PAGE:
Monday, 17 December 2012 14:20
Debt-laden Fortescue Metals Group plans to sell a stake in its prized Pilbara rail and port assets, but the move has raised worries about what the loss of control will mean for its future growth.
Fortescue has been lauded for taking on giants BHP Billiton and Rio Tinto, when they wouldn't provide access to their train lines, by building its own line and allowing juniors to access it.
However the recent heavy falls in the iron ore price and the company's massive debt of more than $US10 billion ($9.52 billion) - expected to peak at $US12 billion ($11.43 billion) - threatened its financial position, forcing it into a series of job cuts and asset sales, with this the latest one.
CEO Nev Power said in a statement to the ASX on Monday that the company was in negotiations with "a small group of selected investors" about a sale.
The company has provided third party access to its infrastructure to juniors such as Atlas Iron and BC Iron while retaining control over it - something it stands to lose through a sale.
The difficulty would be finding a buyer that would pay enough to enable Fortescue, the world's fourth largest iron ore miner, to continue pursuing its plans to nearly triple iron ore output to 155 million tonnes a year, Morningstar senior equities analyst Mathew Hodge said.
"If they get someone to pay more than what I think they're worth and are not giving up too much control I guess that's a good thing," he told AAP.
"But then on the investor side if you are getting no control and paying a bunch of money, then why would you bother."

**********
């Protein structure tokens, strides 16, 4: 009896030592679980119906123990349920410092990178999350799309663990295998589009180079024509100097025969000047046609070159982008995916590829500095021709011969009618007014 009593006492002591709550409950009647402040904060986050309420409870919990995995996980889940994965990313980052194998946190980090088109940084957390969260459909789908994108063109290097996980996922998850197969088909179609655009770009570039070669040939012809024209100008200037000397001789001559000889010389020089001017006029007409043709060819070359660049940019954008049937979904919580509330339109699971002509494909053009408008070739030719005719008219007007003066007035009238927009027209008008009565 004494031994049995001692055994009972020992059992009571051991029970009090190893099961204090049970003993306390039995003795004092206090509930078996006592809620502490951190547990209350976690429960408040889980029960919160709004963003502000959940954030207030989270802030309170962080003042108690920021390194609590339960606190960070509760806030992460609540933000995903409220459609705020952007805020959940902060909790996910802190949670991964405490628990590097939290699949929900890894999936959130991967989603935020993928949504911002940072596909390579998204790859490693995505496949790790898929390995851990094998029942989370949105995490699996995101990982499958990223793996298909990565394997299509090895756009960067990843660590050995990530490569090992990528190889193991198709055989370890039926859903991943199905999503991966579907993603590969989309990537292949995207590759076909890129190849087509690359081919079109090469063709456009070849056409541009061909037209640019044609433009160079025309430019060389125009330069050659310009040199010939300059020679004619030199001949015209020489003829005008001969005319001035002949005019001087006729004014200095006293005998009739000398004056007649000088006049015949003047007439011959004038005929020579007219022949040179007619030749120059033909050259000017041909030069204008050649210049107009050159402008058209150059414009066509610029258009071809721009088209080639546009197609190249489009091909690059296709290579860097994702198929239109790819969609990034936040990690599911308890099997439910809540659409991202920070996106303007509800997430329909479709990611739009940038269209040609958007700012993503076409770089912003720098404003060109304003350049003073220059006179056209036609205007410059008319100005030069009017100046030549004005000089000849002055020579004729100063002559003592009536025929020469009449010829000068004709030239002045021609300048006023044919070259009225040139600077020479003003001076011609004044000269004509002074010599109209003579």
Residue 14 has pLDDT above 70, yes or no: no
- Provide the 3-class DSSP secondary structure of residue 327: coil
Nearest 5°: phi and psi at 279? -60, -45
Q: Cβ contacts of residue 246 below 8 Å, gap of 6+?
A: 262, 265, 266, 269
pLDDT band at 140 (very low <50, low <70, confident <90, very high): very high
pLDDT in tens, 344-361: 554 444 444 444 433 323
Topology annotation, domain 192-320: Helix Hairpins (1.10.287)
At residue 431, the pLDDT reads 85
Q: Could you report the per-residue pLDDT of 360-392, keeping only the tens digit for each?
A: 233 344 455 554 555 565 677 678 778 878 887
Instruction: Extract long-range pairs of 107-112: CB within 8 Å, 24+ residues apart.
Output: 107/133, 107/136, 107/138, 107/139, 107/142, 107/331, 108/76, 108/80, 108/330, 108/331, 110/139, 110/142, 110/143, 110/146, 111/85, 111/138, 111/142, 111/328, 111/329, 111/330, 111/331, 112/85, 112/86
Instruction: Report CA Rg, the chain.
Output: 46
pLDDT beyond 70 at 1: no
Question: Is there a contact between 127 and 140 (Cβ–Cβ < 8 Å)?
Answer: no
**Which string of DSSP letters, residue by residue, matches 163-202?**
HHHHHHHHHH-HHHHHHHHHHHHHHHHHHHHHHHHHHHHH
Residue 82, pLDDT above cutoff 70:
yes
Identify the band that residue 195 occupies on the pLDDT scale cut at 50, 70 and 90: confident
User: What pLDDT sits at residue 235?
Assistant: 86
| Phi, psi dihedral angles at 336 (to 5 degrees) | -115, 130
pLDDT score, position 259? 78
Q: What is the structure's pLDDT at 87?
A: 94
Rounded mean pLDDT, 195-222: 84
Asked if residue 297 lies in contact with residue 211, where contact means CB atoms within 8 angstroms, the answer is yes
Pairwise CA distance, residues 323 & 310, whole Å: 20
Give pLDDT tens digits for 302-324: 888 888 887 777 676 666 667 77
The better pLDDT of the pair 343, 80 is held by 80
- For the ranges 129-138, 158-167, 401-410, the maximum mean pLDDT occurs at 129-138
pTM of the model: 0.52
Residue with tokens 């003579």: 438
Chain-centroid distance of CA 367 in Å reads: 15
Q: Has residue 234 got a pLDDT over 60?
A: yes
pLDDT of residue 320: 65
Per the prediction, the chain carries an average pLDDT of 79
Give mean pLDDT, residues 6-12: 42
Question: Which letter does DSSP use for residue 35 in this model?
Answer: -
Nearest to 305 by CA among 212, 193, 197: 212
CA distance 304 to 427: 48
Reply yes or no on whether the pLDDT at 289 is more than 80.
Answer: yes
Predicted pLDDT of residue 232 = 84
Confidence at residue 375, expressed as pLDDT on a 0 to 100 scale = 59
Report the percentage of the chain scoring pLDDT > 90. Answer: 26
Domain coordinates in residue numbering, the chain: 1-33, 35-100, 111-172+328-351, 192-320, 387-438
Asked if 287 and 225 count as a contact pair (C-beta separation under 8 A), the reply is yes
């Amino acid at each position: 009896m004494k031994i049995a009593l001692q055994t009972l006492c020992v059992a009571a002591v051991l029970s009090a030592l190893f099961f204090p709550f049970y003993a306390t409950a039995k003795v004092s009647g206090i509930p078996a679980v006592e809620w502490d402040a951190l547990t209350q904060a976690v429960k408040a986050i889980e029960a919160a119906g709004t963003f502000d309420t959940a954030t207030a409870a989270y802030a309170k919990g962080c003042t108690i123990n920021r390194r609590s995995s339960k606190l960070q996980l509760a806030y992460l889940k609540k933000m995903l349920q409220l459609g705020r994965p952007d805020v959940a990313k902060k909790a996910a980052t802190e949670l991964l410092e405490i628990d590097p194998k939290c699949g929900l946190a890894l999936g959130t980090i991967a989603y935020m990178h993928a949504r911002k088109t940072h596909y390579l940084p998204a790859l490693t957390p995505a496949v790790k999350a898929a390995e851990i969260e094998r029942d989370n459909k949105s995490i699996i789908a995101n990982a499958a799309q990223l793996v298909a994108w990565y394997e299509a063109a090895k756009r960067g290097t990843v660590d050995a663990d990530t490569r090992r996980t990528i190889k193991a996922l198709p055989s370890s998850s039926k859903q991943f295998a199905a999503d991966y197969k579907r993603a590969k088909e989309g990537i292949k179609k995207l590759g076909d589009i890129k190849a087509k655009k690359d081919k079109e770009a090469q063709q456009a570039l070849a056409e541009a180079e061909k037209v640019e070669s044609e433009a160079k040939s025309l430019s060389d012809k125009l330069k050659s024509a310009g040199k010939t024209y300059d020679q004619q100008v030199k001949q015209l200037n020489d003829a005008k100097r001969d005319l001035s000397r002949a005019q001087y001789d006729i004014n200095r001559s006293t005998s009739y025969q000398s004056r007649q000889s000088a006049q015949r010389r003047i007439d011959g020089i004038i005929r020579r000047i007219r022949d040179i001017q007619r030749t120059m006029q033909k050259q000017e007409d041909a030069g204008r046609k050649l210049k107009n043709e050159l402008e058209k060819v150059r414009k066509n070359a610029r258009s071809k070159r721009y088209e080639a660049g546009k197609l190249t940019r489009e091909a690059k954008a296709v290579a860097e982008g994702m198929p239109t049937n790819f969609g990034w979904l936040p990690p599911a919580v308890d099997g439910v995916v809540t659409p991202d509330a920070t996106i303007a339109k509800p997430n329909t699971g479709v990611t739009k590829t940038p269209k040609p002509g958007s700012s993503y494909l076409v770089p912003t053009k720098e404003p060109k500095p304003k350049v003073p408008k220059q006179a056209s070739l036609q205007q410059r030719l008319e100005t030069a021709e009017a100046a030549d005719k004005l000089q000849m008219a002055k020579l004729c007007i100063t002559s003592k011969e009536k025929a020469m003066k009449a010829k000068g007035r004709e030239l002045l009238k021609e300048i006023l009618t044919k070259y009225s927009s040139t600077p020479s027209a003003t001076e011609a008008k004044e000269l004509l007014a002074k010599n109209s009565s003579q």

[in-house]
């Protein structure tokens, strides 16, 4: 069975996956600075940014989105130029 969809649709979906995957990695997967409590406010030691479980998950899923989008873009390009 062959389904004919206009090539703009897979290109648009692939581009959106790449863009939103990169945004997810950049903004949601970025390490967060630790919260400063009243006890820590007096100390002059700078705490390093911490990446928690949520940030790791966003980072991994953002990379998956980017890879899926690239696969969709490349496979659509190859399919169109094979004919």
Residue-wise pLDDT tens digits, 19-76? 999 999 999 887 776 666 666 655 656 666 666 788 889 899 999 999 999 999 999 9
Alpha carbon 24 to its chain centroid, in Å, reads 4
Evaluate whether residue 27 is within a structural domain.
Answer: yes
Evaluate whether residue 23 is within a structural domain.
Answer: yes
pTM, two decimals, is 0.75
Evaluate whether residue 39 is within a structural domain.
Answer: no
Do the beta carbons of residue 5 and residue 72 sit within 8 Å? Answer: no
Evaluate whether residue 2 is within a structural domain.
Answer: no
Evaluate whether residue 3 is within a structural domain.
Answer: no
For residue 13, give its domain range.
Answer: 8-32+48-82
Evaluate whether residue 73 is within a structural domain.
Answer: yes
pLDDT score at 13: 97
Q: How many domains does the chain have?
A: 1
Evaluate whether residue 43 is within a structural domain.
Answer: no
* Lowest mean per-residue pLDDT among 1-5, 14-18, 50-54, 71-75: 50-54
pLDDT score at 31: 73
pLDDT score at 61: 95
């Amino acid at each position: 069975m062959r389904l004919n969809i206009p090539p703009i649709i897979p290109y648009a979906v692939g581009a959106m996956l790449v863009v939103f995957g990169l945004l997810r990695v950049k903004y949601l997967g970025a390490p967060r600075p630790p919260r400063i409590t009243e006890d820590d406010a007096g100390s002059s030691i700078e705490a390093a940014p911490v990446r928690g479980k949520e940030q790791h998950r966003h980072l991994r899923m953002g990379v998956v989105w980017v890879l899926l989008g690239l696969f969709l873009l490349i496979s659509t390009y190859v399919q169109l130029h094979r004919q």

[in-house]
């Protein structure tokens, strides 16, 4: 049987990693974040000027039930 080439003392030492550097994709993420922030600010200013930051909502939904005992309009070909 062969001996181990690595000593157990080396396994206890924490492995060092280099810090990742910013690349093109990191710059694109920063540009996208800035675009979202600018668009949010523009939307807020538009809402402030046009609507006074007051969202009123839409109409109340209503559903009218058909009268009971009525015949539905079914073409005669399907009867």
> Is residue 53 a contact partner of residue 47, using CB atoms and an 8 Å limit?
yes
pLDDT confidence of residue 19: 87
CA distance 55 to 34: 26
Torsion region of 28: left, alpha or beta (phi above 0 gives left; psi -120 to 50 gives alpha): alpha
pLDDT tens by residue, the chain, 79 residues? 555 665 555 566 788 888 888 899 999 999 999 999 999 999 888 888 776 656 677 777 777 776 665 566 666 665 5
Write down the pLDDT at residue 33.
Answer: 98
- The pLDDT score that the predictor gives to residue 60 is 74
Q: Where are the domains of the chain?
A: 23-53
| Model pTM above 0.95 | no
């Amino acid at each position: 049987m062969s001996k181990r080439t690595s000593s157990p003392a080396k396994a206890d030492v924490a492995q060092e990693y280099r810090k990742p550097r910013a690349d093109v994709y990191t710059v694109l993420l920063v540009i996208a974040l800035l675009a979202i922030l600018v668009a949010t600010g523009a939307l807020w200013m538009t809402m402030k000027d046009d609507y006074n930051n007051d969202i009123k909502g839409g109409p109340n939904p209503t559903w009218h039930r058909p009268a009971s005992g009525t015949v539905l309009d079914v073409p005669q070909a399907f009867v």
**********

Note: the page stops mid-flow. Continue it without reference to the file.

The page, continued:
If fellow iron ore miners such as Gina Rinehart's Hancock Prospecting or Atlas Iron invested enough money it could allow for economies of scale and give Fortescue enough cash to push on with its growth, Mr Hodge said.
Mr Power insisted in Fortescue's statement that "any sale would only be transacted at full and fair market value and on the basis that the current efficiency of infrastructure and mining operations are not impacted".
Pengana Capital fund manager Tim Schroeders saw the move as an admission by Fortescue that its current structure was not robust enough to service its debt.
It was too early to tell if its restructuring by selling assets would make it more viable.
The sell-down was also complicated by the fact that Fortescue already provided third party access - in other words what that would mean for pricing and control of train line and port assets.
"This is not supportive of the company's future expansion intentions," Mr Schroeders told AAP.
"At the end of the day the conundrum is the same whatever spin you put on it: the company's got too much debt.
"If you are divesting infrastructure assets or selling equity in mines, you are just avoiding the obvious in terms of an equity issue."
The company resisted pressure from bankers in September to raise equity, preferring debt financing after reports it was in danger of breaching debt covenants.
Fortescue Metals Group
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